A South African researcher is looking into the potential of hemp farming to clean the soil in abandoned, highly-polluted former gold mining areas, and how hemp farming could boost economic development of the largely uninhabited regions.
Tiago Campbell, a master’s degree candidate in environmental science at the University of the Witwatersrand, is studying the potential for remediation of lands impacted by more than 130 years of irresponsible mining practices in areas near Johannesburg in Gauteng Province. The pollution is the result of acid mine drainage and concentrations of runoff heavy metals known to be hazardous to human health and wildlife.
Legacy of gold mining
The polluted areas are within the Witwatersrand Basin, one of the world’s largest gold deposits that stretches for 400 kilometers through the Gauteng, Free State, and North West provinces. South Africa’s Federation for a Sustainable Environment said there are at least 380 abandoned mining areas in Gauteng Province containing “elevated levels of toxic and radioactive metals” including arsenic, cadmium, cobalt, copper, zinc and uranium.
Campbell said harvested hemp containing the pollutants could not be used for food or other products intended for human consumption, but could be suitable as raw material for other secondary products such as bioplastics, textiles and construction materials. (Italian researchers have suggested, for example, that hurd from hemp planted to cleanse the soil of heavy metals can be considered safe for building material such as hempcrete, and that biomass from phytoremediation efforts could be an energy source.)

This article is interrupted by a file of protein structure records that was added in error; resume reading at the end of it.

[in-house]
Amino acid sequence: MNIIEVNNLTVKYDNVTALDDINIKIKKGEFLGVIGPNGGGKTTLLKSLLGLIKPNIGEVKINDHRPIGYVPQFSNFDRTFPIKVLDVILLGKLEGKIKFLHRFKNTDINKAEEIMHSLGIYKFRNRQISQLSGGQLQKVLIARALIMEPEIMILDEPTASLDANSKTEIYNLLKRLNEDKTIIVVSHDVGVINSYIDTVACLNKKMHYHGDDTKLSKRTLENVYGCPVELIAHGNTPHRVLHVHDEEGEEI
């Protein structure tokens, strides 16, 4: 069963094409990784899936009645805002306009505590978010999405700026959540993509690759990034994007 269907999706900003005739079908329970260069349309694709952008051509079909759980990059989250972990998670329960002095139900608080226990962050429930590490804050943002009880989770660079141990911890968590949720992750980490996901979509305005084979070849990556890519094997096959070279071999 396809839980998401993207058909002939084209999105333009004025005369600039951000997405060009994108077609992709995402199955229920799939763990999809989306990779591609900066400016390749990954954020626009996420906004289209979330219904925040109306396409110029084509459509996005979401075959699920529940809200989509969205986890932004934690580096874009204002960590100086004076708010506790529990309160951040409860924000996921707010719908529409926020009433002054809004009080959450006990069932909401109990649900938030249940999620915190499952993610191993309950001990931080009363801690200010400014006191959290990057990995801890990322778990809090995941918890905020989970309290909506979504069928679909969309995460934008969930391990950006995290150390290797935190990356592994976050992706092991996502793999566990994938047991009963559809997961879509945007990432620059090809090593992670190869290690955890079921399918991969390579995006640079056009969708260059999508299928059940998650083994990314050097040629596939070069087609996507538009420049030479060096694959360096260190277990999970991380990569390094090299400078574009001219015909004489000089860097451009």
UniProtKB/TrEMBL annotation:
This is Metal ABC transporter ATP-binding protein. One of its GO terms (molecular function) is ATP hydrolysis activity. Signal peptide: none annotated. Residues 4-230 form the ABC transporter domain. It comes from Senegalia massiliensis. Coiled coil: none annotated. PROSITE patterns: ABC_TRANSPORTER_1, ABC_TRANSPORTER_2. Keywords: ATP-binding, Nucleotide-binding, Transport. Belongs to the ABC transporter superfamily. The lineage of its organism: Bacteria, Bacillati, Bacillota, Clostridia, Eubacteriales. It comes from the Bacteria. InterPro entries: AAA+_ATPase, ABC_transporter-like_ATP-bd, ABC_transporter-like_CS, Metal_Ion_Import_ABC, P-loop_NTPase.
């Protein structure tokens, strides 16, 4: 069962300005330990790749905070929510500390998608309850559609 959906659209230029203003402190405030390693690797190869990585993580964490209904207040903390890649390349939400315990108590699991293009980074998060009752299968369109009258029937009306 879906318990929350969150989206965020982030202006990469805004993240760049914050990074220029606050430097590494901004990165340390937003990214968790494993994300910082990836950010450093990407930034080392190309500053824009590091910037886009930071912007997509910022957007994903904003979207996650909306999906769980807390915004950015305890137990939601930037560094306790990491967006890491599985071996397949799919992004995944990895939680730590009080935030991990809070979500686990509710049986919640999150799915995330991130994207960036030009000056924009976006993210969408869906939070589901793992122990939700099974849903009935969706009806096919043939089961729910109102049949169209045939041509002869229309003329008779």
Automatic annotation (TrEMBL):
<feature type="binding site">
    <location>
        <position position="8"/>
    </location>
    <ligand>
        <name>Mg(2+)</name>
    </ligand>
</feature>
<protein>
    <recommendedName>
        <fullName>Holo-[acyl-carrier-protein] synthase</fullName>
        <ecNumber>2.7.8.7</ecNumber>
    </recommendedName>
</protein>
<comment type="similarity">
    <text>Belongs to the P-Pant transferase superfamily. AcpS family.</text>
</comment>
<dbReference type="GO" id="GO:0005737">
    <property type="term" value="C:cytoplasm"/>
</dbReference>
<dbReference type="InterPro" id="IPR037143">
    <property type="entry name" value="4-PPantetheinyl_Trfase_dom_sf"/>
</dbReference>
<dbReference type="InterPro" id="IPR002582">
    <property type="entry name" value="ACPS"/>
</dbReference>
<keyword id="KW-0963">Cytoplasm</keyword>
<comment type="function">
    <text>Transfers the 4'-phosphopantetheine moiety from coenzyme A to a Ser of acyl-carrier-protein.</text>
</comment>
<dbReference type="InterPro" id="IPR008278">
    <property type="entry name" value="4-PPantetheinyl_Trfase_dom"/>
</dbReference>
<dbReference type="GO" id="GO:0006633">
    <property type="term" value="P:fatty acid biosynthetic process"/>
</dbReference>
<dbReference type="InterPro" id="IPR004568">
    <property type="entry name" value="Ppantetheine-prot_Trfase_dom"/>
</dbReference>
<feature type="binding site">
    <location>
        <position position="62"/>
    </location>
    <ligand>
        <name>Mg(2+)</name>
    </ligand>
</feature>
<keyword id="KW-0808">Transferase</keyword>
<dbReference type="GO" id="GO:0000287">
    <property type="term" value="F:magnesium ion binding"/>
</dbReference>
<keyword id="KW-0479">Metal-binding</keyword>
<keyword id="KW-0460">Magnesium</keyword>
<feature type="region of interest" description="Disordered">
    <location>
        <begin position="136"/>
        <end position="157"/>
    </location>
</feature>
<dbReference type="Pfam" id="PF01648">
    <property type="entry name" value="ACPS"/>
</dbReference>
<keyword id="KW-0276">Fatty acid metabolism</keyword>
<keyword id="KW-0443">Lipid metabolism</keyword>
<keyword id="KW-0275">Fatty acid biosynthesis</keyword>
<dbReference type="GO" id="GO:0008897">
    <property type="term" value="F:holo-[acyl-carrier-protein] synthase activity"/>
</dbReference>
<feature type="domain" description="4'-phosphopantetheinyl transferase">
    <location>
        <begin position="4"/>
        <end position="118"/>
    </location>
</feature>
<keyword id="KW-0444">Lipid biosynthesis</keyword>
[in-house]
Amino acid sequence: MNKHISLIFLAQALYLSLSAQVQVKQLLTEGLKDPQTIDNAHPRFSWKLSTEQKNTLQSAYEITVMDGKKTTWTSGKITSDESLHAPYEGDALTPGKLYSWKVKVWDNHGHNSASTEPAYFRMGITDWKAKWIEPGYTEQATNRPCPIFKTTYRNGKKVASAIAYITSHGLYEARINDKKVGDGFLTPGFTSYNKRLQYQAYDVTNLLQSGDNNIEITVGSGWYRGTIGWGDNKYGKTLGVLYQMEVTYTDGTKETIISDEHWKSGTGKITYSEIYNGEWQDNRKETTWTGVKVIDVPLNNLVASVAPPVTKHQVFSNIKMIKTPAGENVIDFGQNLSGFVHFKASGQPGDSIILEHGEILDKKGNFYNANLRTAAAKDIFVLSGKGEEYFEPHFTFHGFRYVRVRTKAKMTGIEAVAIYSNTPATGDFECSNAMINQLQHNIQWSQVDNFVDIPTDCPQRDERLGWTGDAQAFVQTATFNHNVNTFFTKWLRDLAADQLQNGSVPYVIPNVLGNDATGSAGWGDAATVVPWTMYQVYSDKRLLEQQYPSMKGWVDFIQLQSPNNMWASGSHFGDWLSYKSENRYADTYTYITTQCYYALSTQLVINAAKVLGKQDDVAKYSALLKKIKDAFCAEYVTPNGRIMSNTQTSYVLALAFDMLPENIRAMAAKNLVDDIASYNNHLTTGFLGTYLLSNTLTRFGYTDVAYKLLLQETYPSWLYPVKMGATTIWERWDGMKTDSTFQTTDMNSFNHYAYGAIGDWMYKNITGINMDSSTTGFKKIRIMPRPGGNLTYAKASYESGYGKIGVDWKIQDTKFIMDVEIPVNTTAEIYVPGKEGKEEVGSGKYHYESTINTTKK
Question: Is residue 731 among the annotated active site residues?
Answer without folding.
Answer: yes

Cleaning up the lands could also make the generally unpopulated rural areas in Gauteng Province suitable for settlement, Campbell suggested.
Campbell’s research so far has confirmed hemp as a “heavy metal hyper-accumulator” in comparison to other plants studied for their phytoremediation potential – Indian mustard, water hyacinth, alfalfa and sunflower. He said nearly 1,000 cannabis plants put into soil collected from the polluted lands grew normally in lab tests.
The “hyper-accumulator” characteristics of hemp were proven in cleanup efforts in the 1990s when Ukraine’s Institute of Bast Crops documented the plant’s ability to absorb heavy metals such as lead, nickel, cadmium, zinc and chromium in the Chernobyl nuclear fall-out zone.
The U.S. Environmental Protection Agency has estimated the cost of phytoremediation as a technique for removing hazardous heavy metals from soil ranges from 20-50% of outlays required for conventional methods that employ physical, chemical or thermal technologies.
Campbell’s project, which also includes the study of plant growth and genetics, is being funded by the University of the Witwatersrand.